Smoked pork belly burnt ends are easy to make and absolutely delicious. Smoke them low and slow and then finish them with your favorite BBQ sauce for a delicious appetizer.
What are Smoked Pork Belly Burnt Ends?
Pork belly burnt ends are cubes of pork belly that are tossed in a dry rub, smoked low and slow, then slathered in barbecue sauce and finished in a hot barbecue. They are easier to make than beef brisket burnt ends and are a real crowd pleaser.
How to Select a Pork Belly
A whole pork belly is one big slab of meat that can weigh 10 – 12 pounds. Most markets and butcher shops now carry smaller vacuum sealed pork belly portions that range from four to six pounds. I purchased a 4.6 pound pork belly, cut it in half, and used the thinner portion to make the smoked pork belly burnt ends. A typical pork belly is thicker on one end (about 1.5″) and thinner on the other end (about 1″). Cubes cut from the thicker end are just too big. Therefore, cut the cubes from the thinner 1″ section and make make bacon out of the thicker portion. See my recipe and video on making homemade bacon.
Remove the Skin
Pork belly can have skin on the fatty side that has to be removed before cooking. Score the skin with a sharp knife in 1″ strips. Use a paring knife to pry up the skin on one end of each strip and pull it up and away from the fat.
Make a Dry Rub
Great BBQ gets a lot of flavor from a good dry rub. Most recipes will make more dry rub than you need for that recipe. Extra dry rub will store in an airtight container in the pantry for several months.
Cook Low and Slow
The collagen in pork belly takes time to break down. Therefore, its best to cook these at a low temperature for a long time. Setup your smoker for indirect heat at 250˚ F. Use charcoal and wood chips or chunks in a Big Green Egg or Kamado Joe .
I used an offset smoker fueled by kiln dried oak with a little bit of apple wood. An offset smoker is hotter at the end closest to the firebox by as much as 40˚ F. Place the larger pieces of pork closer to the firebox and place the smaller pieces at the other end. Rotate them once or twice during the first two hours of cooking time.
Choose the Wood Carefully
The type of wood that you use is very important. Stay away from the woods that produce more intense smoke like hickory and mesquite. The smoke from those woods is just too strong for this dish. Stick with fruit woods, like apple or cherry.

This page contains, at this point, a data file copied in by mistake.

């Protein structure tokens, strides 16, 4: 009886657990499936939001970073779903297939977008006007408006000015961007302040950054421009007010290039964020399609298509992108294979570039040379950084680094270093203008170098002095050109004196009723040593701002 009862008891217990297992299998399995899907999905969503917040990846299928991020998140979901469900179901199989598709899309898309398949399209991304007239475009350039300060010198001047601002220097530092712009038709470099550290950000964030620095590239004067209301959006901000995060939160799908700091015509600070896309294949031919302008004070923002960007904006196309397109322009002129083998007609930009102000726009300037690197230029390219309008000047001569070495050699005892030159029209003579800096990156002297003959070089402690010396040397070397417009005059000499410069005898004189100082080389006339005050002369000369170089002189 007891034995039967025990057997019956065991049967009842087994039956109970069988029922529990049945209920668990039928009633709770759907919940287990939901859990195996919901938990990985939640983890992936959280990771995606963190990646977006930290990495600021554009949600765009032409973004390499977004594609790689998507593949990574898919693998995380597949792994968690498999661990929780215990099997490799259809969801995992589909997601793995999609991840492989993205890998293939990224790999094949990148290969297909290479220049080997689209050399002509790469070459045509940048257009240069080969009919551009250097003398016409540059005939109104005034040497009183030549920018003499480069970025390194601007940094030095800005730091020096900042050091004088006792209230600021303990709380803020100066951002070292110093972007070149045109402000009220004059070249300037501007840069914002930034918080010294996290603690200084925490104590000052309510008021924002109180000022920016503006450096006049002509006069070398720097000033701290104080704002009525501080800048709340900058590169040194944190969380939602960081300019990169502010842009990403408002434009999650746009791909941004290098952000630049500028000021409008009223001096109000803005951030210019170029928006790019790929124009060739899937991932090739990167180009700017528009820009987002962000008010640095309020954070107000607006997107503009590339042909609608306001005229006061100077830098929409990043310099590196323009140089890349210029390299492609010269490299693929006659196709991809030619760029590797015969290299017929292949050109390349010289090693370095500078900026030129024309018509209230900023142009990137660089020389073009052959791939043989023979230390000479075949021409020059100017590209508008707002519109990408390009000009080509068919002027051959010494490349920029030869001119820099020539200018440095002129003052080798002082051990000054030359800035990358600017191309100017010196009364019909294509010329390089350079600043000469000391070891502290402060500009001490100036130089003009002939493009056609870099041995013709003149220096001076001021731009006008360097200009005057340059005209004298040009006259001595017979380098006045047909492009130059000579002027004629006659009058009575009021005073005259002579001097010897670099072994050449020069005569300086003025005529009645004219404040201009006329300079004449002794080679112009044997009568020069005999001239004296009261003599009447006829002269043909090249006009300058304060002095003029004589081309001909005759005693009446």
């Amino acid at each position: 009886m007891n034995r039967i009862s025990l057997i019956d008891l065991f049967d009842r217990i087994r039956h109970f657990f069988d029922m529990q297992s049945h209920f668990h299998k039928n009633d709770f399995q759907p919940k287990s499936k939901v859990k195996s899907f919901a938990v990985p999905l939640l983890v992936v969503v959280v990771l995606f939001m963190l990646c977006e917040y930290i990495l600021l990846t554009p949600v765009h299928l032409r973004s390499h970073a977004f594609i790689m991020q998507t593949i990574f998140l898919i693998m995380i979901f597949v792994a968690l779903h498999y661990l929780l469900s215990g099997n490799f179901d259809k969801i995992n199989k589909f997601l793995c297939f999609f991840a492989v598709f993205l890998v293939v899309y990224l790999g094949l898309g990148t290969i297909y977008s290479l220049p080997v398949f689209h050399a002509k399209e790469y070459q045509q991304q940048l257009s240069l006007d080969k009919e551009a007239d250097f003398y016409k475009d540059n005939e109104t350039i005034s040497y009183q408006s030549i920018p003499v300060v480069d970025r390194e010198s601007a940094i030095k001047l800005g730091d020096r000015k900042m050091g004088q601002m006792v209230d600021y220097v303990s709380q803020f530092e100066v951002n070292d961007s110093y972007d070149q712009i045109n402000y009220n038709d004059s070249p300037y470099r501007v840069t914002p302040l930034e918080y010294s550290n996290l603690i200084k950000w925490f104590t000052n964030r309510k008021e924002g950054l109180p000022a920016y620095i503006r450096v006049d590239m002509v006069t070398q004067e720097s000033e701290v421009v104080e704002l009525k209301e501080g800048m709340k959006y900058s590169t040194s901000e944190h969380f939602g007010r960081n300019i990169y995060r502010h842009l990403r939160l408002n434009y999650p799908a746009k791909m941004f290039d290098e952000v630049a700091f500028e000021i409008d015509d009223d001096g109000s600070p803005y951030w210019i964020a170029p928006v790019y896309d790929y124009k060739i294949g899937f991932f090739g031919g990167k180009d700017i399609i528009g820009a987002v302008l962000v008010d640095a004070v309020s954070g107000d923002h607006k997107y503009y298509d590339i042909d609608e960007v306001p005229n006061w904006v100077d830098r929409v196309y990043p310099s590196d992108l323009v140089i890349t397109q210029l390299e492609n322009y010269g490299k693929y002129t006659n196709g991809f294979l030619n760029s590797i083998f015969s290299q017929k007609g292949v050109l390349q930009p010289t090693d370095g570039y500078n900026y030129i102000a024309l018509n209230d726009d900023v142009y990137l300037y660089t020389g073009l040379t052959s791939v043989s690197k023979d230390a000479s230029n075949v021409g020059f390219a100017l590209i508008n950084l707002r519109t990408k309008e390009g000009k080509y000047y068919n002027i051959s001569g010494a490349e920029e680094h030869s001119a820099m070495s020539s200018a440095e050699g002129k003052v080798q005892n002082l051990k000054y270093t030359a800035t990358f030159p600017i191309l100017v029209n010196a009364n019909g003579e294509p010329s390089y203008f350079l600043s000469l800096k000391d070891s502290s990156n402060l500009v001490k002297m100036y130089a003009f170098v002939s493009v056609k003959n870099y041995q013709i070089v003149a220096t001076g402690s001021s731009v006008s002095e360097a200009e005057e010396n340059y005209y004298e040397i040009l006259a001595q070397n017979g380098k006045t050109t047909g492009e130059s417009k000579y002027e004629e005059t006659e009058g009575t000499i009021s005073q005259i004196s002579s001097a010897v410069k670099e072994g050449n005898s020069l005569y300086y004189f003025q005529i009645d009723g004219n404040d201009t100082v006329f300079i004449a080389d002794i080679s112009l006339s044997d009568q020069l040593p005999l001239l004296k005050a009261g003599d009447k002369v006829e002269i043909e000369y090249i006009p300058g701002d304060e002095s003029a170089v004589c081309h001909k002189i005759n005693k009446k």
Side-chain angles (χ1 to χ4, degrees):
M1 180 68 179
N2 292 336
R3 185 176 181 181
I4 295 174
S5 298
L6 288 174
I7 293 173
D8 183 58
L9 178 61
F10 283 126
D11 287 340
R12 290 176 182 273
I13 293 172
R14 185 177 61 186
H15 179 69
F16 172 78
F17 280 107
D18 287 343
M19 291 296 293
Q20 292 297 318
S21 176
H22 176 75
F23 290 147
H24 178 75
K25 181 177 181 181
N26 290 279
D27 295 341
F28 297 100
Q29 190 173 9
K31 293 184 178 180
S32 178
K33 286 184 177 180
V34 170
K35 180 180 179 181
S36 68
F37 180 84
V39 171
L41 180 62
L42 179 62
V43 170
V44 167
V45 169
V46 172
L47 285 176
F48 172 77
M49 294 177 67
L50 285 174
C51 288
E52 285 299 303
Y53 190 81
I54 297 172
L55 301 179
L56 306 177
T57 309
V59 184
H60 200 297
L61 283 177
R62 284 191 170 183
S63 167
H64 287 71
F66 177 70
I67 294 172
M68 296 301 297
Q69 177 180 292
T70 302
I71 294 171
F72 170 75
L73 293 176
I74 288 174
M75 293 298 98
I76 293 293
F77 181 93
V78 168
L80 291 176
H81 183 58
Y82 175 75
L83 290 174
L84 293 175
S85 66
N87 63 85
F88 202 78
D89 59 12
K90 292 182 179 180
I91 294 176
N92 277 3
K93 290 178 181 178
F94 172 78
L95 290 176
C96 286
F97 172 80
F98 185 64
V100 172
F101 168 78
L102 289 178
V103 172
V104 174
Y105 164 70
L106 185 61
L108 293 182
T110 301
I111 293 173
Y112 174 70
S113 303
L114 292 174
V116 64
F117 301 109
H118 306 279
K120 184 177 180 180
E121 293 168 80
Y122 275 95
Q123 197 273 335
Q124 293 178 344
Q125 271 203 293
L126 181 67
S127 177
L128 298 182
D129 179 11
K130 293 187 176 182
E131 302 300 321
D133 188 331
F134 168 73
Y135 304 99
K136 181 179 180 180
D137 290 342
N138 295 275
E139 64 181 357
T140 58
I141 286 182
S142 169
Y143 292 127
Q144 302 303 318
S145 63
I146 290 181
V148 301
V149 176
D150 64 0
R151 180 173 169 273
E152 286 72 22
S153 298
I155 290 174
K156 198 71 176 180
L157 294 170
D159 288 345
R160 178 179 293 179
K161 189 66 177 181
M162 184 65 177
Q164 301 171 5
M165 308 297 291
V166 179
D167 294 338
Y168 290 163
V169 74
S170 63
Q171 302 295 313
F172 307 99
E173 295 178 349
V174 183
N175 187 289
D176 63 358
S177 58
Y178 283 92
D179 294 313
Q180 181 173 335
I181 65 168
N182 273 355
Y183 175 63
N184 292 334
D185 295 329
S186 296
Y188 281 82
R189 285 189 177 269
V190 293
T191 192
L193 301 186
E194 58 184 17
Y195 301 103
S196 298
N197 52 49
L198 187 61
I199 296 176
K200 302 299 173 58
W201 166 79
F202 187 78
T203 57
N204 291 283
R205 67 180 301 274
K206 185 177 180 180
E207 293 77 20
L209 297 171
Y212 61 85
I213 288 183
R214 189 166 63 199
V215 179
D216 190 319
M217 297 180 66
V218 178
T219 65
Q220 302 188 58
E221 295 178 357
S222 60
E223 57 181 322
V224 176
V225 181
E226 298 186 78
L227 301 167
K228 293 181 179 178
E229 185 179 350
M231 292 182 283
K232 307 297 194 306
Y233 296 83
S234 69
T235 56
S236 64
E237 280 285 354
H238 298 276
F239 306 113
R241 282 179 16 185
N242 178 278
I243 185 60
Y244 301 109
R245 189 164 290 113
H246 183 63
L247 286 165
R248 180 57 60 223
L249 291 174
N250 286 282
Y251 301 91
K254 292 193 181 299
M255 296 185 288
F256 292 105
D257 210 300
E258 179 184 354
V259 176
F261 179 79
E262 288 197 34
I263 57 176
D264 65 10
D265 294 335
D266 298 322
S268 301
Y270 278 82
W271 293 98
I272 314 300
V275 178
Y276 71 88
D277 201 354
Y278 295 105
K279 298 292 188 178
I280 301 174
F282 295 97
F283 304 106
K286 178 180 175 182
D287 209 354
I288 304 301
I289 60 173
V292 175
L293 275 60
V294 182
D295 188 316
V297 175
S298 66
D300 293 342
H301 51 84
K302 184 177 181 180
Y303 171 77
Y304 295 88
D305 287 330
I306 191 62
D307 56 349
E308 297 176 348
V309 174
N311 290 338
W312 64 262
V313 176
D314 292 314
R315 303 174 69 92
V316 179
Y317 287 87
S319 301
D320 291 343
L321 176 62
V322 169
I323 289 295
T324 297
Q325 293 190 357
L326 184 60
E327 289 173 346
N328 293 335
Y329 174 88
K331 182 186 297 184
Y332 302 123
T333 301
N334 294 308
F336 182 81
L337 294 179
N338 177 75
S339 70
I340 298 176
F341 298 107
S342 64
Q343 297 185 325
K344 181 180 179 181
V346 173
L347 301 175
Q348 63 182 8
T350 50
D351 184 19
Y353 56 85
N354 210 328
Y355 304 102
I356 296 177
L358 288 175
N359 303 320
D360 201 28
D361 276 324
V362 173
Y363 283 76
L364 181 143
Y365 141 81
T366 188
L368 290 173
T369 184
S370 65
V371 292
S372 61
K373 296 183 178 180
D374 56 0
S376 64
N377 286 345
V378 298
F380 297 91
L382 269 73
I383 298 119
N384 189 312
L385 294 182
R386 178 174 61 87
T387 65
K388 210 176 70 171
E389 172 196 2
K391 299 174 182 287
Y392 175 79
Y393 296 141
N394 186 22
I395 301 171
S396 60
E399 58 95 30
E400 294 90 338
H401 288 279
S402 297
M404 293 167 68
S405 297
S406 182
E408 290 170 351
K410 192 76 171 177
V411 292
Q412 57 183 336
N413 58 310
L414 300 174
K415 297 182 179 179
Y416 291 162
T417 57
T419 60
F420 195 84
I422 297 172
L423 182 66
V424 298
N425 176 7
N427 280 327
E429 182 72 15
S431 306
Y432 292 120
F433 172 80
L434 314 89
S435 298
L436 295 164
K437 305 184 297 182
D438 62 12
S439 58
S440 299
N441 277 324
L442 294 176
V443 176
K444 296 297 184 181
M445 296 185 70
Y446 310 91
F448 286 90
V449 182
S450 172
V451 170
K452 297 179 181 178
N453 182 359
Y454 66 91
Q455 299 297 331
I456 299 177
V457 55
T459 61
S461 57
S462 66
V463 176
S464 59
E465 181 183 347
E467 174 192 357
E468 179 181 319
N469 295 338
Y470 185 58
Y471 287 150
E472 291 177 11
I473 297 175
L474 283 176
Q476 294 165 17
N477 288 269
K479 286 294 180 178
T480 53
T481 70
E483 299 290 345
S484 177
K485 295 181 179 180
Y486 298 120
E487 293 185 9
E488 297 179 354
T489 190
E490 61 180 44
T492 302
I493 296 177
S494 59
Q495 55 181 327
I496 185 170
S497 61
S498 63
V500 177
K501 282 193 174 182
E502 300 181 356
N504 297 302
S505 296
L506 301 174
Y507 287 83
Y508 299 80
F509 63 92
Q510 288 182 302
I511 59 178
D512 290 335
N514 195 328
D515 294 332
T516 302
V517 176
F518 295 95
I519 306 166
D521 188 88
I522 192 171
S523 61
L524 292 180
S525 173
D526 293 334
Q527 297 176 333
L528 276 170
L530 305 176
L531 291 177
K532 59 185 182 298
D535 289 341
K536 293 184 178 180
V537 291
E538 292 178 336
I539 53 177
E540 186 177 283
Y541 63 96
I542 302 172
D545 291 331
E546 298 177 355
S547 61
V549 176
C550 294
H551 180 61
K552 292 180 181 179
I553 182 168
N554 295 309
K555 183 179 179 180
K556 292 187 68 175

Less is More
Setup a Big Green Egg or Kamado Joe with a few chunks of wood arranged around the center of the hot coals. Place some pieces several inches away from the hot coals. This allows the chunks to burn at different times providing a longer smoke time.
Use only a few chunks of fruitwood in an offset smoker. An offset smoker is fueled by wood, not charcoal, and is already getting a lot of smoke.
Cover and Braise
After two hours, transfer the pork belly piece to an aluminum pan. Add a little liquid and four tablespoons of butter. Seal it up tight with foil and place it back on the smoker for another two hours.
Add BBQ Sauce
Remove the foil, stir in your favorite BBQ sauce, bring the smoker up to 350˚ – 375˚ F and cook uncovered for 10 – 15 minutes. Bet you can’t eat just one.
Favorite Side Dishes
Some of our other favorite side dishes are:
- Homemade Canadian Bacon
- Corn Ribs
- Texas Style Creamed Corn with Poblano Peppers
- Creamed Corn Without Cream
- Barbecue Baked Beans
- Kosher Dill Pickles
- Easy Pork Recipes
Smoked Pork Belly Burnt Ends
- 3 lbs pork belly skin removed
- 3/4 cup brown sugar
- 1/4 cup granulated sugar
- 1/3 cup kosher salt
- 1 tbs chili powder
- 1 tbs onion powder
- 1 tbs garlic powder
- 1 tbs black pepper freshly ground
- 1/2 tsp cayenne pepper
- 1 cup ketchup
- 1/2 cup brown sugar
- 1/4 cup molasses
- 1/4 cup honey
- 2 tbs apple cider vinegar
- 1/2 tsp onion powder
- 1/2 tsp garlic powder
- 1 tbs Worcestershire sauce
- 2 tsp yellow mustard
- 1 tsp chili powder
- 1 tsp salt
- 1 cup apple cider
- 1/3 cup apple cider vinegar
- 1/2 cup water
- 4 tbs butter
- 2 tbs Worcestershire sauce
- 2 tbs lemon juice fresh
- 1/2 tsp kosher salt
Dry Rub & Mop Sauce
- Mix together dry ingredients and set aside. Mix together all ingredients in a small sauce pan. Simmer over very low heat until the butter melts. Set aside.
Smoked Pork Belly Burnt Ends
- Remove any skin from the pork belly. Cut the pork belly into 1" cubes.
- Toss the pork belly cubes with some of the dry rub. Add enough to make sure the pork belly pieces are well coated. Save the extra dry rub for another time.
- Setup the smoker for indirect heat and preheat to 250˚ F. Add the pork belly pieces and spread them out. Smoke for two hours at 250˚ F, basting them every 20 minutes.
- After two hours, place the pork belly pieces in an aluminum pan. Add 1/2 of water and 4 tbs of butter. Cover with aluminum foil and seal tightly. Place the pan back in the smoker and cook for another two hours.
- Remove the foil, add some of the BBQ sauce and toss to coat. Increase the temperature to 350 – 375˚ F and cook for 15 minutes.
- Remove and serve.